Chapter 36
The Quarter-Deck

Enter Ahab: Then, all.

Did someone swap my copy of the novel for a playbook?  Is there going to be a list of needed props coming up?  I’m not sure where to get a harpoon.

Chapter 37
Sunset

The cabin; by the stern windows;
Ahab sitting alone, and gazing out.

More scene setting.
And then the story continues with Ahab.  His thoughts.  A monologue?  An internal monologue?  What’s going on here?  Where’s Ishmael?

Chapters 38 and 39 are more of the same.  Ishmael is no longer the narrator, instead the reader gets a peek into the minds of Starbuck and Stubbs.

Chapter 40?  Chapter 40 is a mini-play.  Didn’t Melville know I’m not slated to read dramas until 2018 at the earliest?   Is this where Melville does a little Shakespeare imitation?  I caught that “signifying nothing” misquote in chapter 32.  Maybe we should put these chapters on as a dramatic performance.  I’ll be the 5th Nantucket Sailor.  He only has one line.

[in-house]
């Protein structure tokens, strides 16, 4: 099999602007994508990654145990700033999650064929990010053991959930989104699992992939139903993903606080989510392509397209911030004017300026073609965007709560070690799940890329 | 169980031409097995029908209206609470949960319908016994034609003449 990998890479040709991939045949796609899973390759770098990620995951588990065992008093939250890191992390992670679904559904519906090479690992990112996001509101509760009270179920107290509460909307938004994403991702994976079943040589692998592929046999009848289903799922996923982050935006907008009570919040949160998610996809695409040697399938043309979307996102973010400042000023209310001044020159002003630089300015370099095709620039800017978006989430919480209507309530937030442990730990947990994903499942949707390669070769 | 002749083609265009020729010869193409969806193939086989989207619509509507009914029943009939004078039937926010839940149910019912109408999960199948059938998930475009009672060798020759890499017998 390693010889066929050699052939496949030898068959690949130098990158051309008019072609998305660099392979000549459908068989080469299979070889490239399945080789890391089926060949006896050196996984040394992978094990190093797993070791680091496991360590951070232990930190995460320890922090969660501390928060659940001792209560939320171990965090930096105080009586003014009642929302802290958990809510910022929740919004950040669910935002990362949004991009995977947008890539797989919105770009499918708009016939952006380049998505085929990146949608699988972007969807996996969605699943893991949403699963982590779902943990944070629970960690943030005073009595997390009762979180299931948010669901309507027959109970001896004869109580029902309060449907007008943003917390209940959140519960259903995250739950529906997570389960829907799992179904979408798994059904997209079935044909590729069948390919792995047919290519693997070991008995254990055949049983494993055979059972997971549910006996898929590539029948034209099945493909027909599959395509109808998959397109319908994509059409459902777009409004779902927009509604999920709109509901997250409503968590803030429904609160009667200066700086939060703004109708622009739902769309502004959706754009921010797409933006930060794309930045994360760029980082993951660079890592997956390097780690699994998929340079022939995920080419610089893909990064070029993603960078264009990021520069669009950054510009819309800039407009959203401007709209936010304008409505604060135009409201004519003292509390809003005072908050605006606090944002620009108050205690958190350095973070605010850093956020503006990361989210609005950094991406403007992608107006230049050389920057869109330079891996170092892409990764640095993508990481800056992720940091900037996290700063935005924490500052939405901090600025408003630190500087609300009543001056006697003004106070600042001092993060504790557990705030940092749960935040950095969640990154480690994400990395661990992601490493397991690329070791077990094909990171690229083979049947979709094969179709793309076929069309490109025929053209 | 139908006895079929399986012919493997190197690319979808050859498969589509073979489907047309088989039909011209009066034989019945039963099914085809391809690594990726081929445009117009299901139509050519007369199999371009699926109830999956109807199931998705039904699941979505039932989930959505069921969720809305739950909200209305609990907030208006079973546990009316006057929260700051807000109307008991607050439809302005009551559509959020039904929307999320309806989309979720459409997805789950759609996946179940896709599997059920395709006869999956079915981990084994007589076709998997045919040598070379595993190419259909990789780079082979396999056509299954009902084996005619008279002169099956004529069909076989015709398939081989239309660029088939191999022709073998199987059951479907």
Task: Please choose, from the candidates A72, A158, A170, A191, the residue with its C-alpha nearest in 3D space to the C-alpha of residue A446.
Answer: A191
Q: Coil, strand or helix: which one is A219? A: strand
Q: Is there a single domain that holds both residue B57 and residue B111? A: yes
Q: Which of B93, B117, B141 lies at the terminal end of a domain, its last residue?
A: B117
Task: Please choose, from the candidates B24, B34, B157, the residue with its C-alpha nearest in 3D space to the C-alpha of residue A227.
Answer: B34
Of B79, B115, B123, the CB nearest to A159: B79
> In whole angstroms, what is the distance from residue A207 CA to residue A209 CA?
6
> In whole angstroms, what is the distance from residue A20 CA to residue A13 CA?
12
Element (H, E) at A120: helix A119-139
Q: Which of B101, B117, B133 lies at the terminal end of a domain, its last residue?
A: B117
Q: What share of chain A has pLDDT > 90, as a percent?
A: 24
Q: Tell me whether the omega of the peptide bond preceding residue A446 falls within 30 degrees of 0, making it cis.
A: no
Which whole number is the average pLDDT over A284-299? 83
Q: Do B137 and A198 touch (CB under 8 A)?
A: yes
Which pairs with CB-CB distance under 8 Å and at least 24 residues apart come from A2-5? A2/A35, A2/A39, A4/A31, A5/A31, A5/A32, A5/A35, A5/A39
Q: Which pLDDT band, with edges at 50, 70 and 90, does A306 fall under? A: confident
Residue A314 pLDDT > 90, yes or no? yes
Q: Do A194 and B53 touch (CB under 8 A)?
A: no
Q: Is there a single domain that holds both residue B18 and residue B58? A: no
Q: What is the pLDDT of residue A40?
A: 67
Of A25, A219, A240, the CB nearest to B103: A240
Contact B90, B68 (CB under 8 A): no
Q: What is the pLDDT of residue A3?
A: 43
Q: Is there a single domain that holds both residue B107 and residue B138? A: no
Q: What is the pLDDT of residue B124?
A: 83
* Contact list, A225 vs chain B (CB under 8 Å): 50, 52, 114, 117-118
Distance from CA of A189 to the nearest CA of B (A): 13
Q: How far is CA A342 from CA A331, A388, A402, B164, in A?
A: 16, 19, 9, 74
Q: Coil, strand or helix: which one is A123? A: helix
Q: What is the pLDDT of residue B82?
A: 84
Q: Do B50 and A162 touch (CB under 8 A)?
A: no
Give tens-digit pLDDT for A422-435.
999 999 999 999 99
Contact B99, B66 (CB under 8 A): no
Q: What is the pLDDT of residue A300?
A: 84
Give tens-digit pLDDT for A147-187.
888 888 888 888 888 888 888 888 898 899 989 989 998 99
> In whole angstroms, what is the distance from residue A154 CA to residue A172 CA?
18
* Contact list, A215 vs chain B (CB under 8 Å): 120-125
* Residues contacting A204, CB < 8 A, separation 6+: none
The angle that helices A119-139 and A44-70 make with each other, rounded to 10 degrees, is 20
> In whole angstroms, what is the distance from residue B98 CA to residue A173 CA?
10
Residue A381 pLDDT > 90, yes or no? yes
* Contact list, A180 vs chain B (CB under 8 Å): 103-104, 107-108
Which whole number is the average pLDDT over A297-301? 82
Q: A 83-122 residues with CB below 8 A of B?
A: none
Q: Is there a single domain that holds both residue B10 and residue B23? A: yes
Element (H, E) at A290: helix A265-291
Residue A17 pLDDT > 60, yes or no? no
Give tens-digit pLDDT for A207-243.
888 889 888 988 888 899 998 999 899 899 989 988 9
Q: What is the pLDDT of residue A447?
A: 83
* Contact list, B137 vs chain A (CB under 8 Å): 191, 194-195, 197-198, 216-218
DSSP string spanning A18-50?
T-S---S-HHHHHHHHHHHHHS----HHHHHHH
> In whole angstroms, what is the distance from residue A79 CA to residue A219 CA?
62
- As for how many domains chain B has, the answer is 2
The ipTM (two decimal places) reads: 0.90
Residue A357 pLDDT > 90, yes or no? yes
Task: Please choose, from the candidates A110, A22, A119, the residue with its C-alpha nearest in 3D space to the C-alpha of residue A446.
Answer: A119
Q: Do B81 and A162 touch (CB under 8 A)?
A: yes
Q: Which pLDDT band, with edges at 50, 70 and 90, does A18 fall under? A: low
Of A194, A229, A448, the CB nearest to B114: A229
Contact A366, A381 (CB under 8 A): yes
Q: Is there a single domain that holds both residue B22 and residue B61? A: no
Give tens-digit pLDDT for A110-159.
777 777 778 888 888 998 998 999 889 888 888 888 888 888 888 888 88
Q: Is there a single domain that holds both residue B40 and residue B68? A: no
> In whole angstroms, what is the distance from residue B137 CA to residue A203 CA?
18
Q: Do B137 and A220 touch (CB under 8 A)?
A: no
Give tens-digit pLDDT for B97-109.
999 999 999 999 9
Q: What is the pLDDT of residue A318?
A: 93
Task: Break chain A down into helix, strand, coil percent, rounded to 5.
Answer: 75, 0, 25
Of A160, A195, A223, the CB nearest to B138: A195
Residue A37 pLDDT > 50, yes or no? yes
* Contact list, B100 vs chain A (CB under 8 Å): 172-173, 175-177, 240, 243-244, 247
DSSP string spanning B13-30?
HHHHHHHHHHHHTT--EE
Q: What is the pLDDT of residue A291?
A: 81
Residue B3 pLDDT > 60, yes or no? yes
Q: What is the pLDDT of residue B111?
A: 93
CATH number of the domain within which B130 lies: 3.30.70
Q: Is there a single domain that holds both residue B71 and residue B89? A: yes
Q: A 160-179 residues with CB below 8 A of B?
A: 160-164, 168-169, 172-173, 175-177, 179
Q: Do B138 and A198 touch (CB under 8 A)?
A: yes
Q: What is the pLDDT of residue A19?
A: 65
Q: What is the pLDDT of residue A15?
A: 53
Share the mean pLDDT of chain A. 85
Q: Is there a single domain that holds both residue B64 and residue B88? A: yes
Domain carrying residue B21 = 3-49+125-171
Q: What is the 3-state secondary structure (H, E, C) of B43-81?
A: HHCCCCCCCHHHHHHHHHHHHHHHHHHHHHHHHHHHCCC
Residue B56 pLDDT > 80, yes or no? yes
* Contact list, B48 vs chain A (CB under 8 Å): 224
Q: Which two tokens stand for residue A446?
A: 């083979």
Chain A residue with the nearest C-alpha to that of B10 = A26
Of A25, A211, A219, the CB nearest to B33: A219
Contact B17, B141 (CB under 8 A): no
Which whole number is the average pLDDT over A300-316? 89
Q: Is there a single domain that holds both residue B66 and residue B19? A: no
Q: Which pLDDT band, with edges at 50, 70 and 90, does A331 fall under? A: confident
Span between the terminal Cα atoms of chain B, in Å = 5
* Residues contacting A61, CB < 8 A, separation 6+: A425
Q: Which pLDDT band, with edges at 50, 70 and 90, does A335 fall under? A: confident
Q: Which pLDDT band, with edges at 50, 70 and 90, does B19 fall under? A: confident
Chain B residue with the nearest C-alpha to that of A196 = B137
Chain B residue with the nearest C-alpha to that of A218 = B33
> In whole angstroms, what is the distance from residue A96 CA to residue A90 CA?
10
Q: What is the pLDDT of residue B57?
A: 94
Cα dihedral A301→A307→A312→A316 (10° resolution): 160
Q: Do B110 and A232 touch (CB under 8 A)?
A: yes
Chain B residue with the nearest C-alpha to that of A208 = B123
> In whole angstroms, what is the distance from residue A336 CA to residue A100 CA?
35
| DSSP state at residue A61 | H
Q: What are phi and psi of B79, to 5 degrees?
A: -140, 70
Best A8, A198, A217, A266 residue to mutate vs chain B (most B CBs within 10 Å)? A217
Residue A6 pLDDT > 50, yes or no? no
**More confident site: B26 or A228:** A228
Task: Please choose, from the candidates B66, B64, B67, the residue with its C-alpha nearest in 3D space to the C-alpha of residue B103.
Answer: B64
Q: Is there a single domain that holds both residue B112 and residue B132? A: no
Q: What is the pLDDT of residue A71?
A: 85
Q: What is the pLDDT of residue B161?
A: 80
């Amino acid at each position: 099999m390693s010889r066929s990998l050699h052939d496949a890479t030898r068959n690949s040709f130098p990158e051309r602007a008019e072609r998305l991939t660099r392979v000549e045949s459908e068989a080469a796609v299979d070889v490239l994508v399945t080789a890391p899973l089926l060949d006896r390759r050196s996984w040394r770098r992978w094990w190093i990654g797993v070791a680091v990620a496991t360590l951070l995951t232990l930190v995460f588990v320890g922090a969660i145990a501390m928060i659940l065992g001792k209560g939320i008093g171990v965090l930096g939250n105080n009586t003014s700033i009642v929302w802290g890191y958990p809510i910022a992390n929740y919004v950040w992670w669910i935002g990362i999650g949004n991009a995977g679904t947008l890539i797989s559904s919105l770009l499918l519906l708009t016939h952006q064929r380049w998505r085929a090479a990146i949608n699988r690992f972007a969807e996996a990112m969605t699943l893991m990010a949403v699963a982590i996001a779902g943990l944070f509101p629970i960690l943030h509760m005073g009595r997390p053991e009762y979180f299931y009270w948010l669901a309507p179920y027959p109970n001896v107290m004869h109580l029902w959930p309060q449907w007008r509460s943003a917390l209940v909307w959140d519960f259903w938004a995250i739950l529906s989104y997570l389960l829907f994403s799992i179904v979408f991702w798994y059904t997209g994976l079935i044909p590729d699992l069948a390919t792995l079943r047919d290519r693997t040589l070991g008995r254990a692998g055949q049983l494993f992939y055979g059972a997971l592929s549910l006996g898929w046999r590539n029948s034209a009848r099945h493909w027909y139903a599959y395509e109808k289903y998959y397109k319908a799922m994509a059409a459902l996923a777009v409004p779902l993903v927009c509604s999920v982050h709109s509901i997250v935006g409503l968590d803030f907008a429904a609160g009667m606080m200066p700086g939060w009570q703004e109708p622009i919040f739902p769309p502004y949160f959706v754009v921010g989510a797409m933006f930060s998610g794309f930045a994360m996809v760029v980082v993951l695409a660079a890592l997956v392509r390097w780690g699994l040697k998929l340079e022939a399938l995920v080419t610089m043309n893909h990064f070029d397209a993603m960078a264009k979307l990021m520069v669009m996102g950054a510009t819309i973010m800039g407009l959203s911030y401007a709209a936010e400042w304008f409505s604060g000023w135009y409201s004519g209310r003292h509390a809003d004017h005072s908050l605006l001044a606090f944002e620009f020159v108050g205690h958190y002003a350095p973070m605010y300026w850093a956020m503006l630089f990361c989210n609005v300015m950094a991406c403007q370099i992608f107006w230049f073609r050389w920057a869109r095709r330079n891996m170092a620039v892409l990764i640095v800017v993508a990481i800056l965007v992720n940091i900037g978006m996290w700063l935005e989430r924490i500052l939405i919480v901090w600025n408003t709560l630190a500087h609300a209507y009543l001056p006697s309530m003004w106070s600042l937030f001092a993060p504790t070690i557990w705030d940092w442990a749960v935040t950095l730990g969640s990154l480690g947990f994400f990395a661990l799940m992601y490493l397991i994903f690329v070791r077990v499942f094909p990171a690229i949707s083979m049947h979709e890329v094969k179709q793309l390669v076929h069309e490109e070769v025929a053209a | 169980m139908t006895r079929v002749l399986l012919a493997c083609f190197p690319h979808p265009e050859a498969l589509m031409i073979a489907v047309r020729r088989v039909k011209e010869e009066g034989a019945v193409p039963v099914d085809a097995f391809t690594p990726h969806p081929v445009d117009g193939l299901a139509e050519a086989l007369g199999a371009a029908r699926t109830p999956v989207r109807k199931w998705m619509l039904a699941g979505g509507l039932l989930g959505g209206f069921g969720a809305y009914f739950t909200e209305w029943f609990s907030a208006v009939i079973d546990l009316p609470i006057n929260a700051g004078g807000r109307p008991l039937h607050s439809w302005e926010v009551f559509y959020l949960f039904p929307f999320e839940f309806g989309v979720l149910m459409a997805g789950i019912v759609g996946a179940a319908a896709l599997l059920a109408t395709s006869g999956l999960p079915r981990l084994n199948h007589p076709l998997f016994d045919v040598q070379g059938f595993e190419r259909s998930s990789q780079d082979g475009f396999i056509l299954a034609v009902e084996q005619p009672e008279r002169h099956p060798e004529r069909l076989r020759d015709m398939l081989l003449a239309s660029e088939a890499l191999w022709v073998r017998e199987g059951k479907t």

The moral of my story is that the Point of View in Moby-Dick changes.

 
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Posted by on April 22, 2012 in Moby-Dick

 

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I get it, Ishmael.

hypos – n. melancholy, coming from the word hypochondria